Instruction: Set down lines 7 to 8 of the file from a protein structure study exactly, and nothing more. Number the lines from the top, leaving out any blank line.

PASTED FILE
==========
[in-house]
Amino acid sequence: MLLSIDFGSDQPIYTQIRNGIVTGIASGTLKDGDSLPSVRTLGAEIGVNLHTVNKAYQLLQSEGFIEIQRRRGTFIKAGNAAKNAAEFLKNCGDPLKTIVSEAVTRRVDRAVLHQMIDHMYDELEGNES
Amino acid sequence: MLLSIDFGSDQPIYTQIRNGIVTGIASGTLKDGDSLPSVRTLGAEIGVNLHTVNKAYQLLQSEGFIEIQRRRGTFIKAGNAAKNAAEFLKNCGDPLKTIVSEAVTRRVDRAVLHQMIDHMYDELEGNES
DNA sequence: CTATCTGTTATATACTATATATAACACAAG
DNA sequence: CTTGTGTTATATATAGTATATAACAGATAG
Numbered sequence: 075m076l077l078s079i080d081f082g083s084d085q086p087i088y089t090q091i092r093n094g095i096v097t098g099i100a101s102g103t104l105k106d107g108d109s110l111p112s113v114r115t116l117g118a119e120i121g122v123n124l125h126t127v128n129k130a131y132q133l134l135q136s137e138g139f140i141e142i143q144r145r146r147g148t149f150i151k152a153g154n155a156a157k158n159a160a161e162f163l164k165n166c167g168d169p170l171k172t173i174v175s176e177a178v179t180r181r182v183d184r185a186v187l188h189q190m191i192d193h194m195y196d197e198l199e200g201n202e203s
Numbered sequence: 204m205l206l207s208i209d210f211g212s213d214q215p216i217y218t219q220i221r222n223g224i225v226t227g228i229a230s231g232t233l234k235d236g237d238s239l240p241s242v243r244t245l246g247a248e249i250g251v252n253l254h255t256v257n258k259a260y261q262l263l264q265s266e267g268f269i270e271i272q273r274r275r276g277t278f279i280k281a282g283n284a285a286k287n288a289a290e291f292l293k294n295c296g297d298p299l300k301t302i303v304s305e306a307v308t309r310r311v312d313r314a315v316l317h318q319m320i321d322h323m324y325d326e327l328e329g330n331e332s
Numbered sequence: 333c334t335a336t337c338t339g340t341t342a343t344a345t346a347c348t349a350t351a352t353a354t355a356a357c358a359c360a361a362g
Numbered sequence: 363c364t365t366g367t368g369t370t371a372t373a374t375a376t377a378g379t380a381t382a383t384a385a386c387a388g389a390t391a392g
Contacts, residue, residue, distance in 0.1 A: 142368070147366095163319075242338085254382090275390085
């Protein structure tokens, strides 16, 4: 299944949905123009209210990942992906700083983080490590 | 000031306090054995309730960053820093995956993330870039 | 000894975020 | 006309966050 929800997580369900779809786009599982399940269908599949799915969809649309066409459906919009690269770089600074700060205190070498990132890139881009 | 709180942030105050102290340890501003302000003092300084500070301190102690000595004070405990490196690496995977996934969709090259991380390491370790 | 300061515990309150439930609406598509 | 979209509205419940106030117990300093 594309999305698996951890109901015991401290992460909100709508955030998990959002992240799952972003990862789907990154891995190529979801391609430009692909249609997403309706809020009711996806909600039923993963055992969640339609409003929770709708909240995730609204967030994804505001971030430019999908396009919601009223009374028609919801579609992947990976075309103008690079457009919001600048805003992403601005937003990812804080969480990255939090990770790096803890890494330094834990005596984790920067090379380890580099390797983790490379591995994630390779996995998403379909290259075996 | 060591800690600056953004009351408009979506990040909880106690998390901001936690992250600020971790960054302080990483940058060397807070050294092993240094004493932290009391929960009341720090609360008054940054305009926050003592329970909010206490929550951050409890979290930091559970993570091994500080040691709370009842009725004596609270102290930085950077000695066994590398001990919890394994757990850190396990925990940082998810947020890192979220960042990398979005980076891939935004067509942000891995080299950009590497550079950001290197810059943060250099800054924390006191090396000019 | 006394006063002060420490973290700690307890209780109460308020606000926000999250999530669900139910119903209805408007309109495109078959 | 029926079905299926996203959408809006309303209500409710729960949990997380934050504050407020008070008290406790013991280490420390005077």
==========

Numbered sequence: 204m205l206l207s208i209d210f211g212s213d214q215p216i217y218t219q220i221r222n223g224i225v226t227g228i229a230s231g232t233l234k235d236g237d238s239l240p241s242v243r244t245l246g247a248e249i250g251v252n253l254h255t256v257n258k259a260y261q262l263l264q265s266e267g268f269i270e271i272q273r274r275r276g277t278f279i280k281a282g283n284a285a286k287n288a289a290e291f292l293k294n295c296g297d298p299l300k301t302i303v304s305e306a307v308t309r310r311v312d313r314a315v316l317h318q319m320i321d322h323m324y325d326e327l328e329g330n331e332s
Numbered sequence: 333c334t335a336t337c338t339g340t341t342a343t344a345t346a347c348t349a350t351a352t353a354t355a356a357c358a359c360a361a362g